Vitamins may help prevent some problems or help maintain a remission. Because many children with Crohn’s don’t absorb nutrients normally, vitamin deficiencies are common. Your child may need lab tests to assess the nutrient levels. Talk with your child’s provider about any vitamin supplements. These treatments have risks and may cause harmful side effects.
Surgery may help Crohn’s disease, but it can’t cure it. Surgery may help to reduce long-term symptoms that don’t get better with medicine. Surgery may also fix some problems. These include a blocked intestine, a hole or perforation, a sore or abscess, or bleeding. Types of surgery may include:
1. Draining abscesses in or near fistulas. An abscess is a collection of pus or infection. Treatment includes antibiotics, but surgery may be needed.
2. Bowel or intestinal resection. The diseased section of the intestine is removed. The 2 healthy pieces of intestine are attached. This surgery shortens your child’s intestines.
3. Ostomy. When part of the intestines is removed, a new way of removing stool from the body is created. The surgery to create the new opening is called an ostomy
What are the complications of Crohn’s disease in a child?
Children with Crohn’s disease may lose weight because they don’t get enough calories. This can happen because a child may try to avoid eating, to prevent the pain that is linked to digestion
- May not want to eat if he or she can’t have any favorite foods.
- May not absorb nutrients well through the inflamed digestive tract.
- Has greater nutritional needs than normal because of the disease.
Nutritional supplements or special high-calorie liquid formulas may be suggested. This is often recommended if a child has delayed growth.
Crohn’s disease may also cause other health problems such as:
- A blocked intestine
- A type of tunnel, called a fistula, in nearby tissues. This can get infected.
- Problems with liver function
- A lack of some nutrients, such as calories, proteins, and vitamins
- Too few red blood cells or too little hemoglobin in the blood (anemia)
- Bone weakness, either because bones are brittle (osteoporosis) or because bones are soft (osteomalacia)
- A nervous system disorder where legs feel painful called restless leg syndrome
- Skin problems
- Eye or mouth redness or swelling (inflammation)
- After bowel resection surgery, a condition called short bowel syndrome can occur. It often happens after a large part of the small intestine is removed. The body then may not be able to digest and absorb some vitamins, foods, and nutrients, including water. This poor absorption of food and nutrients is called malabsorption. It causes diarrhea. It can also lead to poor growth and development.
How can I help my child live with Crohn’s disease?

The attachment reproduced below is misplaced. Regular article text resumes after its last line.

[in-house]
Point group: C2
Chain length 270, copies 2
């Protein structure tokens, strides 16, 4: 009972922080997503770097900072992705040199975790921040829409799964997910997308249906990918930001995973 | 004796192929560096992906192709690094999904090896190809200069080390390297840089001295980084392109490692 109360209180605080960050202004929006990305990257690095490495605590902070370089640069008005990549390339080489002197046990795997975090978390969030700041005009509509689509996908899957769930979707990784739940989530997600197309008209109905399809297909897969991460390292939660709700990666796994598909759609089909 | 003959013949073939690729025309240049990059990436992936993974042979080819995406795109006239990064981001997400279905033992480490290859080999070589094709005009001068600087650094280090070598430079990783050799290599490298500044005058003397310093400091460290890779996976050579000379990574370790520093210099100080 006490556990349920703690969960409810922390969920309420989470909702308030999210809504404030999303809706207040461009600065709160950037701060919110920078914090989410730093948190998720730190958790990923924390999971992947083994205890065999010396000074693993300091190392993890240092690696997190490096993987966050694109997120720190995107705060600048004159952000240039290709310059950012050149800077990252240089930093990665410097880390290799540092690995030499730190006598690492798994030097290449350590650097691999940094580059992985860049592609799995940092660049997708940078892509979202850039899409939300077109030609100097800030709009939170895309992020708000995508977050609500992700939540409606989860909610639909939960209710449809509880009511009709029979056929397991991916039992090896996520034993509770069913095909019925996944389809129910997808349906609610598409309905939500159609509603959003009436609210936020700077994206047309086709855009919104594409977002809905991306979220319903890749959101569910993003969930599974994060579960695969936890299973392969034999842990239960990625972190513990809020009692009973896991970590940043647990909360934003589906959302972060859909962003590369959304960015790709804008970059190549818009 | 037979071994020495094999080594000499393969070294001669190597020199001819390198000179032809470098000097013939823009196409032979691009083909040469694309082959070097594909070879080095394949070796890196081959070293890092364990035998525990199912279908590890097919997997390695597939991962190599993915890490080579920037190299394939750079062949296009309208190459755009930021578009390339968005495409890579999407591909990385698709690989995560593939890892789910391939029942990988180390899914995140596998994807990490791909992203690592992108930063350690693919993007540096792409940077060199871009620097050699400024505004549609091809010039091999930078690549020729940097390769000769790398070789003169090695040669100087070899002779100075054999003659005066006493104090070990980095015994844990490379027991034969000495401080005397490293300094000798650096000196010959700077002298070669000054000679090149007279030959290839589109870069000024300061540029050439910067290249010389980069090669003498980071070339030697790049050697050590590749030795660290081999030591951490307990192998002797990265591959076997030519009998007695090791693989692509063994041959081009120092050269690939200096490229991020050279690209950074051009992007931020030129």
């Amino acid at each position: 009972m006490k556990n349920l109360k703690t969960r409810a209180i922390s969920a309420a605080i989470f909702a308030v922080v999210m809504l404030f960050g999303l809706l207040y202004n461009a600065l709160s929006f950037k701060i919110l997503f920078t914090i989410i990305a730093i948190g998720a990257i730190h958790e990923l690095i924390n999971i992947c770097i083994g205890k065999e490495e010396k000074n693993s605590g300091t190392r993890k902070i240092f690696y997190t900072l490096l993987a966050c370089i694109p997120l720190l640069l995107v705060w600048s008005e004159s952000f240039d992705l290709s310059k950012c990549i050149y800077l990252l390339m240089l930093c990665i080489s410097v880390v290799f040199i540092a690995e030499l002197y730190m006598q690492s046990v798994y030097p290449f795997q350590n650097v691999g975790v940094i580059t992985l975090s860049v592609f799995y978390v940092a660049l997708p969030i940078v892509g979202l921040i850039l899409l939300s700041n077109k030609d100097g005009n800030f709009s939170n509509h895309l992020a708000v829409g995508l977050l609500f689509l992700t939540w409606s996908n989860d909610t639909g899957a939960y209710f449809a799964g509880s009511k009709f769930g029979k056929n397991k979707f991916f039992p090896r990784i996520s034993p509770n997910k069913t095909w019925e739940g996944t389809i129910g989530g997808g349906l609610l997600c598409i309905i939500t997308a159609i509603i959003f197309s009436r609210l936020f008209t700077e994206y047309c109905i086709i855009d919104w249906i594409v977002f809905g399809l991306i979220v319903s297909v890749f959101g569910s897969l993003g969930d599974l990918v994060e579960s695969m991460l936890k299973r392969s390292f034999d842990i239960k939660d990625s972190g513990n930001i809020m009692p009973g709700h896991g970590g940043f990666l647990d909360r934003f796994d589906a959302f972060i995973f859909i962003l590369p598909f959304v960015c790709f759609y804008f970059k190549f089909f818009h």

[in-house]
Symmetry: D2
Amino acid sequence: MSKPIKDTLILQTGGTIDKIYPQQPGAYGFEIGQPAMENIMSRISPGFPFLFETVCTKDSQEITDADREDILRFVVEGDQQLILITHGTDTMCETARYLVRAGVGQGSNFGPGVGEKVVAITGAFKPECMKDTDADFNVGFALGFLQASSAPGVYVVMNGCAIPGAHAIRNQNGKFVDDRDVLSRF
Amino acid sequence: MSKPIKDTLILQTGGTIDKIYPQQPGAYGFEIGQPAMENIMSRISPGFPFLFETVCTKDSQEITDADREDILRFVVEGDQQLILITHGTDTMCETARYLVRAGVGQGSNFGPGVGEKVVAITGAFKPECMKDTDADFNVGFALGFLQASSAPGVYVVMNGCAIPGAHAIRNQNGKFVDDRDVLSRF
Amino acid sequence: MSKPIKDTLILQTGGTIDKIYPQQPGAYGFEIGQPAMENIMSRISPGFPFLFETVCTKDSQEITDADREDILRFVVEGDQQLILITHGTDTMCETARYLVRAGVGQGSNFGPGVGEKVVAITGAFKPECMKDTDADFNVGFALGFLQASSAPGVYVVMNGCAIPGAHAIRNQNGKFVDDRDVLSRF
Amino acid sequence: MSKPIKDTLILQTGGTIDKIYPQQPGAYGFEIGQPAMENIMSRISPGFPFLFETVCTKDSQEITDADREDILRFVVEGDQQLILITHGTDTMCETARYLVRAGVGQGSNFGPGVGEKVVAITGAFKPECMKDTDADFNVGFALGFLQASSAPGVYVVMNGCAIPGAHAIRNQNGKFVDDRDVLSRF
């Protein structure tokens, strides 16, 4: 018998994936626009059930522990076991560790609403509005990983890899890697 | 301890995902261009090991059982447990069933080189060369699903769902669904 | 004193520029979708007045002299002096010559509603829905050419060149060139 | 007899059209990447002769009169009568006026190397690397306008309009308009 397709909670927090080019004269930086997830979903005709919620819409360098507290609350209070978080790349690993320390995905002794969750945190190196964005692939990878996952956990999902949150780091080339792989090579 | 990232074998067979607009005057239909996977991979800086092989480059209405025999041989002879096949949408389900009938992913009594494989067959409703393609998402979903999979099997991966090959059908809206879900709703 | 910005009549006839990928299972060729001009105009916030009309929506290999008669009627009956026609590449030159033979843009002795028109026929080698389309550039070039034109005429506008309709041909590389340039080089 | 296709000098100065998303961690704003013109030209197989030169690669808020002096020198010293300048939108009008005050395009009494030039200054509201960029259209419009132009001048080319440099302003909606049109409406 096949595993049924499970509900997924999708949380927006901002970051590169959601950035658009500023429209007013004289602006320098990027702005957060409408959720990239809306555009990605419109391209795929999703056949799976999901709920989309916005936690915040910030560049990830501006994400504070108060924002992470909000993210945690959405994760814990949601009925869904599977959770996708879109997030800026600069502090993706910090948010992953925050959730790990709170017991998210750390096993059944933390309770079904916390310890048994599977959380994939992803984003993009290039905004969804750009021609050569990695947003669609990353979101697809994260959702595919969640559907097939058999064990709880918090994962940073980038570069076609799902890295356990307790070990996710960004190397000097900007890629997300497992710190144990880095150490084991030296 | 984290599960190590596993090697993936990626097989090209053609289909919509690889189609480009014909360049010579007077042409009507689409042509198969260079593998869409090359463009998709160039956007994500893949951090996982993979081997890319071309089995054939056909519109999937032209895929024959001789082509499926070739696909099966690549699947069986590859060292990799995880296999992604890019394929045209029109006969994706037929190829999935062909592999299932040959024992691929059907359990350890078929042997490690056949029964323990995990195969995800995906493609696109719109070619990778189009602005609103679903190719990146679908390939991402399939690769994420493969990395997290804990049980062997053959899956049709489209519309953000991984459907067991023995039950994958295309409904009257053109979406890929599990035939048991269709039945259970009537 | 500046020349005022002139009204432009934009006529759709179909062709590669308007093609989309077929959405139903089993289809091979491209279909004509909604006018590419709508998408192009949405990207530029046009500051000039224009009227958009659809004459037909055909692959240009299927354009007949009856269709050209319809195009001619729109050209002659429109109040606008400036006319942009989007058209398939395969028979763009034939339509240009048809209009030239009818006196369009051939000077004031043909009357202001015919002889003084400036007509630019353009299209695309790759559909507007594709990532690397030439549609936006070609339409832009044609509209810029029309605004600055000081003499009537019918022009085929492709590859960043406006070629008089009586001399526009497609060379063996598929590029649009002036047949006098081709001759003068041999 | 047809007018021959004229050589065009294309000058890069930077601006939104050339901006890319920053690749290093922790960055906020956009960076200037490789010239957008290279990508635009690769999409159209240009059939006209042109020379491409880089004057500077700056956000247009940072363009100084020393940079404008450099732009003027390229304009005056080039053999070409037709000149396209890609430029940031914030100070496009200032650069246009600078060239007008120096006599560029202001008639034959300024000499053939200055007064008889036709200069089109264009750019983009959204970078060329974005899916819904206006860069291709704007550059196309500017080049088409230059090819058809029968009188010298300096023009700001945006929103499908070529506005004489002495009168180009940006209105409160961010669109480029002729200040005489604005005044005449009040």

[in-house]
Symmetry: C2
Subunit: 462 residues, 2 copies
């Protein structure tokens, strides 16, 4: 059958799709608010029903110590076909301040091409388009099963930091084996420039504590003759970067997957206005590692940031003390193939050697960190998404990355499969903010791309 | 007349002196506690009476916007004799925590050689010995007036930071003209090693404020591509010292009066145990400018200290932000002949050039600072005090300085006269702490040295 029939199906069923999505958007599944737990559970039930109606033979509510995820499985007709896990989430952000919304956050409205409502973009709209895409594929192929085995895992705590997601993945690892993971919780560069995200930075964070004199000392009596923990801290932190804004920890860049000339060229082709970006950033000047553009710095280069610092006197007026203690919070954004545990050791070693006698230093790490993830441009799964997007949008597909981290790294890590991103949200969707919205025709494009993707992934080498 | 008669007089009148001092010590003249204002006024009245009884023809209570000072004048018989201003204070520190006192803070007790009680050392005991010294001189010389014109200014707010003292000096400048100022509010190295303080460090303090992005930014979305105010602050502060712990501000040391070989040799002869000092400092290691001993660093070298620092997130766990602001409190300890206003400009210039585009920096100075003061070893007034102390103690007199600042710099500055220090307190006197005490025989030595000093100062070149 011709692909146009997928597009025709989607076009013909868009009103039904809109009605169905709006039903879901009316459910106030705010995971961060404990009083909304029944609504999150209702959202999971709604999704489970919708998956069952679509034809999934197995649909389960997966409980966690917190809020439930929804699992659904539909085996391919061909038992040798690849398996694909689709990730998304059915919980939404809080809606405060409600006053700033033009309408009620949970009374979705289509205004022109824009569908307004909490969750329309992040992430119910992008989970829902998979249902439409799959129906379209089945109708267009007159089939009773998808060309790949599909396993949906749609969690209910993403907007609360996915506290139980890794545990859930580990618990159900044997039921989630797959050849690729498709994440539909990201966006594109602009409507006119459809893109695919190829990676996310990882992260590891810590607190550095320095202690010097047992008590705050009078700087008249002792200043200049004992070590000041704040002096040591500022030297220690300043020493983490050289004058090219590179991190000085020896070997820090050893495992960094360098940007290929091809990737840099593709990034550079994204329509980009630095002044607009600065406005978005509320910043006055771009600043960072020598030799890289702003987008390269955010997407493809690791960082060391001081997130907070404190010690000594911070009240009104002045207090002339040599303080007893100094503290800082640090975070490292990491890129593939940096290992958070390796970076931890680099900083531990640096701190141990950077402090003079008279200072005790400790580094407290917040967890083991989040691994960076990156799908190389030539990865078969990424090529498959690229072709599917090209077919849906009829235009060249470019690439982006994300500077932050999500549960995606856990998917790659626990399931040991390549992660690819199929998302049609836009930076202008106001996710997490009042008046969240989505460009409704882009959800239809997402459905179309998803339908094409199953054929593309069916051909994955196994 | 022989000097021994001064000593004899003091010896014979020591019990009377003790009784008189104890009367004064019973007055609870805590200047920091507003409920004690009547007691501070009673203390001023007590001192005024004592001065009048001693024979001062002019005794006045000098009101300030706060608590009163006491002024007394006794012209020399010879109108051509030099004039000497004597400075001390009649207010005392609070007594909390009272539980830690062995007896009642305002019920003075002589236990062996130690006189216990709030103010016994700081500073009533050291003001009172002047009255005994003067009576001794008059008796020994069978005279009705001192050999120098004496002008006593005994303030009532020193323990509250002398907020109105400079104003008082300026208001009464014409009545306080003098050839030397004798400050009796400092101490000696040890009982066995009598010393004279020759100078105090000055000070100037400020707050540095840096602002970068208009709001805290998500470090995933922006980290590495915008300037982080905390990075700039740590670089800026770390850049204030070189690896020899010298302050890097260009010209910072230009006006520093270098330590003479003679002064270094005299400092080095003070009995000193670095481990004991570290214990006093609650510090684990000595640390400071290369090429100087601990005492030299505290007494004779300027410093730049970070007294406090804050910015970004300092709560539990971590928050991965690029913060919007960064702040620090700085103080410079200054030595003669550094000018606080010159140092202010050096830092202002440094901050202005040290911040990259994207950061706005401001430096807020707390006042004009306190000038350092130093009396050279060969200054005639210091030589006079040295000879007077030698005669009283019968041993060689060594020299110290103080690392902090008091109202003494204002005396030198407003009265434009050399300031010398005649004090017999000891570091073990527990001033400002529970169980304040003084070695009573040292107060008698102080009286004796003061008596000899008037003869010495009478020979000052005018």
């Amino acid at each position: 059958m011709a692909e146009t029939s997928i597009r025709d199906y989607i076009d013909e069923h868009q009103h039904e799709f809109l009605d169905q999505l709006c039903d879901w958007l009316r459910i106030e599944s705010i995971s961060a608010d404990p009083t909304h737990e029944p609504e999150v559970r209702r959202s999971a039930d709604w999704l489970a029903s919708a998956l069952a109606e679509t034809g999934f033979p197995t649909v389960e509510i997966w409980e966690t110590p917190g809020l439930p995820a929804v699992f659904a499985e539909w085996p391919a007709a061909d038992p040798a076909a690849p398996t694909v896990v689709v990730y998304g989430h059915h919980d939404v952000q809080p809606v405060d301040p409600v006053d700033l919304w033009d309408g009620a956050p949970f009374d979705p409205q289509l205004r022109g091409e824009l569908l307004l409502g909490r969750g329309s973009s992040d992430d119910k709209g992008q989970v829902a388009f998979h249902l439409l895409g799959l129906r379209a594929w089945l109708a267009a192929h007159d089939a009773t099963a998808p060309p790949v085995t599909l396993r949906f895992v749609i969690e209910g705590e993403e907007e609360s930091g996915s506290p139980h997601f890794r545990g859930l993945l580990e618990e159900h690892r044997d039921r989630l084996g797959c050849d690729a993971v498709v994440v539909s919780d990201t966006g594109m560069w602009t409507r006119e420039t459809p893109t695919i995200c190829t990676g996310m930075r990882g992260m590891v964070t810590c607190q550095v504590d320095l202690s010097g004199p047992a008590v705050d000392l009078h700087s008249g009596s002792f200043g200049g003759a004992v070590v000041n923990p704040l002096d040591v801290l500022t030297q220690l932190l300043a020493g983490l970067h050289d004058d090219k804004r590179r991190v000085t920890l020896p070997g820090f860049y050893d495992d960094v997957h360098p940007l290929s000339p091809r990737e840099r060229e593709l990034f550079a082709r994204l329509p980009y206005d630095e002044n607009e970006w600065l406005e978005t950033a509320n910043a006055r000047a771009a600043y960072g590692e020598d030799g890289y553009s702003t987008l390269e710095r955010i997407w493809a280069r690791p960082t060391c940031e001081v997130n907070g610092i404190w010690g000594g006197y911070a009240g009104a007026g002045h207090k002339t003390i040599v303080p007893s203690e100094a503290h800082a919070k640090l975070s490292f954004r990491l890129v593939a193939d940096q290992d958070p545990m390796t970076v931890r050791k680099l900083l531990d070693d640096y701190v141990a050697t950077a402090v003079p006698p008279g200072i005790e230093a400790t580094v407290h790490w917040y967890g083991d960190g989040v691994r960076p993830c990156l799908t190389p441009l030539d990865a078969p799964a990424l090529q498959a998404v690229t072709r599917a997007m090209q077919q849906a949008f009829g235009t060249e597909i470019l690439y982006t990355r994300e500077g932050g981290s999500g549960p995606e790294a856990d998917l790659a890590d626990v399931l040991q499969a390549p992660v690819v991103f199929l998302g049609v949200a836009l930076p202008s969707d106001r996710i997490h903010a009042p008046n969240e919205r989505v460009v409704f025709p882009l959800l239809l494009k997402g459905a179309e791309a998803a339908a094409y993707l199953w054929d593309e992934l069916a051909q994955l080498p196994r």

Crohn’s disease in children is a long-term condition. It may come and go at different times during your child’s life. Children may have physical, emotional, social, and family problems as a result of the disease. It’s important to work closely with your child’s doctor to manage and treat the condition.
- Be sure to have the doctor check your child’s health regularly.
- This includes checking your child’s: Growth
- Nutrition levels
- Bone mineral density
- Risk for infections
- Immunization status
- Any liver, eye, or skin problems
No special diet has been shown to treat Crohn’s disease. Many children with the disorder can eat a fairly normal diet when their disease is stable. Talk with your child’s healthcare provider. When your child is having symptoms, it may be helpful to follow these suggestions:
1. Eat smaller, frequent meals
2.Limit foods with milk or milk products containing lactose, if there is a history of lactose intolerance.
3. Avoid greasy foods.
4. Avoid certain high-fiber foods such as popcorn, nuts, and seeds.
5. Avoid any foods that seem to have triggered your symptoms in the past.
6.Drink liquids at room temperature
7.Drink liquids between meals, not with meals
8.stay away from caffeine and fizzy drinks
9.stay away from foods with sorbitol, xylitol, and mannitol
10. Avoid sweets such as candy, cakes, and
Avoid foods that produce more gas, such as
Add foods that have more soluble fiber. This is a fiber that absorbs water. Foods that are good sources of soluble fiber include:
Children who have short bowel syndrome after surgery for Crohn’s often have problems with diarrhea and malabsorption. Talk with your child’s doctor about how to treat this.
Children with short bowel syndrome often need help getting all the nutrition they need with Supplemental liquid feedings are sometimes used, talk to your doctor about using this system for getting the right supplements.
When should I call my child’s healthcare provider?
Call your child’s doctor if your child has symptoms of Crohn’s disease, including:
- Belly pain
- Loose stool
- Rectal bleeding
- Weight loss
- Vomiting that continues
- Sores (lesions) or leakage at the anus
- Call your child’s provider right away if your child has Crohn’s disease and regular symptoms change or new symptoms appear.eal
Key points about Crohn’s disease in children
- Crohn’s disease is when there is redness, swelling (inflammation), and sores along the digestive tract.
- It is a type of inflammatory bowel disease (IBD).
- In most cases, it affects the small intestine. But it may also affect the whole digestive tract.
- It is a long-term (chronic) condition. It may come and go at different times in your child’s life.
- There is no cure. Making some diet changes may help ease symptoms.
- Medicine may help. Surgery may be needed. Medicines are usually needed for the long term.